Ticket touts giving Dubs the wrong kind of blues

by Sylvia Pownall

DIE-HARD Dubs fan Mark Ward has called for a crackdown on ticket touts in the run-up to this Sunday’s All-Ireland Football Final between Dublin and Mayo.
The Clondalkin dad-of-two, who is also a Sinn Fein councillor, wants to see an end to genuine fans being priced out of the market by greedy scalpers.
As a season ticket holder, Cllr Ward – who is backing the Blues with a tattoo running from shoulder to shoulder – will be on Hill 16 on Sunday, but he can’t get tickets for his daughters.
Aibi, 16, and 10-year-old Muirinn will miss the final in Croker because of ticket touting. Both are heavily involved with Round Towers GAA Club, and Muirinn featured on last year’s Late Late Toy Show as the Dubs’ number-one fan.
“My girls follow the Dubs with me all over the country, but they will more than likely miss the greatest game of the season.”
He added: “If you go online today, you will see tickets advertised for anything up to €800. This is wrong. I am hoping that with the spotlight on ticket touting due to events in Rio, that something will be done to address this scandal.”
Cllr Ward said the GAA system of allocating tickets for the final to every club was basically a fair one, but it was open to abuse.
He said: “They give those tickets in good faith to the clubs, who then themselves allocate these tickets to their members in good faith. But somewhere in this process.” tickets end up in the hands of touts.
“I would like to see a system where all tickets are tracked from the GAA to the clubs and the members. I would like to see a task force set up, and for the tickets to be taken out of the hands of touts.”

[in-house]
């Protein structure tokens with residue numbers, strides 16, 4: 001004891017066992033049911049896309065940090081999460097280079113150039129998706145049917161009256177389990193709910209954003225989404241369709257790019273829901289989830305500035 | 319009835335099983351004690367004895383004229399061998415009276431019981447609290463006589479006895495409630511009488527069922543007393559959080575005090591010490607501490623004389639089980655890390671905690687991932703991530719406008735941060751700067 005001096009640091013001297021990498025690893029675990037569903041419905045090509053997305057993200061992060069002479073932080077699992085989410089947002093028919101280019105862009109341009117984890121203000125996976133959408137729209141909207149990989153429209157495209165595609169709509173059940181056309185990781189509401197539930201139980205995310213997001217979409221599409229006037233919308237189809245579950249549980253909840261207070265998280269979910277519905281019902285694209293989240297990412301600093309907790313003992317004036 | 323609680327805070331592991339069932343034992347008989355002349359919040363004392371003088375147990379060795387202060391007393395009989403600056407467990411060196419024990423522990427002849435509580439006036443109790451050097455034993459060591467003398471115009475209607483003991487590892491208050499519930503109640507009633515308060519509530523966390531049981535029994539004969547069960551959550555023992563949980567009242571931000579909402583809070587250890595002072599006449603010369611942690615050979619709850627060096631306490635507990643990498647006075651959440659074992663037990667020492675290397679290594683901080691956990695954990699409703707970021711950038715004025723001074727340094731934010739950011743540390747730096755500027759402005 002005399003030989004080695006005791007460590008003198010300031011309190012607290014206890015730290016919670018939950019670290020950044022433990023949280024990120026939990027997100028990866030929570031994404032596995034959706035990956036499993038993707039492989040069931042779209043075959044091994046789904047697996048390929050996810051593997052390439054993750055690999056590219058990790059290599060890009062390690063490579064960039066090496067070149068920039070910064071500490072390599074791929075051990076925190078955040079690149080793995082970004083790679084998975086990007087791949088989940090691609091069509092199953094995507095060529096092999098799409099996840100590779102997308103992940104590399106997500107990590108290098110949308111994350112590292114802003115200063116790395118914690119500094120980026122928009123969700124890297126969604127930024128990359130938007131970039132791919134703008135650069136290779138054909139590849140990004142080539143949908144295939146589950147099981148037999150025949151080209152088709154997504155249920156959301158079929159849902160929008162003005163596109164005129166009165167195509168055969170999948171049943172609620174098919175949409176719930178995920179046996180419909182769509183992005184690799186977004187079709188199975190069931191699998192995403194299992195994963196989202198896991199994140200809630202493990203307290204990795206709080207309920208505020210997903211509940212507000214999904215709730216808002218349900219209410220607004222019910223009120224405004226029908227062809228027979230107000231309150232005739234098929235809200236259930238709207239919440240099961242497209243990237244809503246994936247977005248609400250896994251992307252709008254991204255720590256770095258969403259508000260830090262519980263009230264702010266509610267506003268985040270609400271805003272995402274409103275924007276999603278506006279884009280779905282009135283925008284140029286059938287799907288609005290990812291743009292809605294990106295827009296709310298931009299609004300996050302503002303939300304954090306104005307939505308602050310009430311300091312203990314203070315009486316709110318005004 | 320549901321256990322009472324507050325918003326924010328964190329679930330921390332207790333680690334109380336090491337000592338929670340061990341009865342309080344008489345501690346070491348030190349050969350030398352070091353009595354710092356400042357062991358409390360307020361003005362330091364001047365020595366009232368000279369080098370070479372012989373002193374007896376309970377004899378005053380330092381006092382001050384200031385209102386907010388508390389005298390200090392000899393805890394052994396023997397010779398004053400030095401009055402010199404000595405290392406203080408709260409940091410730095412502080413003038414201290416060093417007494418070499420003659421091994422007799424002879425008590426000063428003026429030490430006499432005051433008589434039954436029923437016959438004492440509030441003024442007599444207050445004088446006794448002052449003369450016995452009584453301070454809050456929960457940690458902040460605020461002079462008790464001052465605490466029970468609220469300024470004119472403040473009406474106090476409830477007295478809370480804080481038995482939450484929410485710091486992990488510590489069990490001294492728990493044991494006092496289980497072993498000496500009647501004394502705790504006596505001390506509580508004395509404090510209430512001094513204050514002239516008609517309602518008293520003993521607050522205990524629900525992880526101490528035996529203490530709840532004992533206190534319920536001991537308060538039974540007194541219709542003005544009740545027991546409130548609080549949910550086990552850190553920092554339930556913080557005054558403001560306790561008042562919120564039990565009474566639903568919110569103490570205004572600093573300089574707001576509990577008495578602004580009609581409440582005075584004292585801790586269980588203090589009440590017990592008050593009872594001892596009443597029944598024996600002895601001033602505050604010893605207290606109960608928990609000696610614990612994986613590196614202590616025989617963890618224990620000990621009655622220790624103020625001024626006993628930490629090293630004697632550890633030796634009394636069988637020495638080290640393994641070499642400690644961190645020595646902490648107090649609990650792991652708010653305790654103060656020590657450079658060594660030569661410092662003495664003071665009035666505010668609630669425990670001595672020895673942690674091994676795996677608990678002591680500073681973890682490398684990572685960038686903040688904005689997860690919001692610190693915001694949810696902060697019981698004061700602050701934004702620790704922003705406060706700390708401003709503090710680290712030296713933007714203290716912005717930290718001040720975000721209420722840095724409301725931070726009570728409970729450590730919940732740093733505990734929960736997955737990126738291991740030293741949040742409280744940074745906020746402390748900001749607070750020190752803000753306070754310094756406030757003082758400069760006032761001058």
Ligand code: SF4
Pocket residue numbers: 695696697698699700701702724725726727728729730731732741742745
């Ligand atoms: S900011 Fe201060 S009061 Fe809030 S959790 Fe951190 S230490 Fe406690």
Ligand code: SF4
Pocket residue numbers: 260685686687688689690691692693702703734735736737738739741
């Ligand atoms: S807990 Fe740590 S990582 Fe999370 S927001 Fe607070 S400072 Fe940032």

Last week, it emerged that fans who follow the All Dublin GAA and Hill 16 Army pages on Facebook have been entering fake bids on eBay to drive the prices up to ridiculous levels and thwart touts.
Cllr Ward said: “I’ve been supporting the Dubs all my life, and for me there are three types of supporters, starting with the die-hards who follow Dublin the length and breadth of the country, who stand in the freezing cold and rain in January at an O’Byrne Cup game.
“Then you have the championship fans, who follow Dublin faithfully through the campaign.
“And, finally, you have the spectators, who just want to be there for the occasion of the All-Ireland final or semi-final. It is with these spectators – I refuse to call them ‘supporters’ – that the problem lies.
“Those of us who stand on the Hill have our own spot where we stand religiously throughout the season.
“I know when I look around on Sunday that many of those spots will be filled by spectators, and that the genuine supporters will be at home watching the game on television.”

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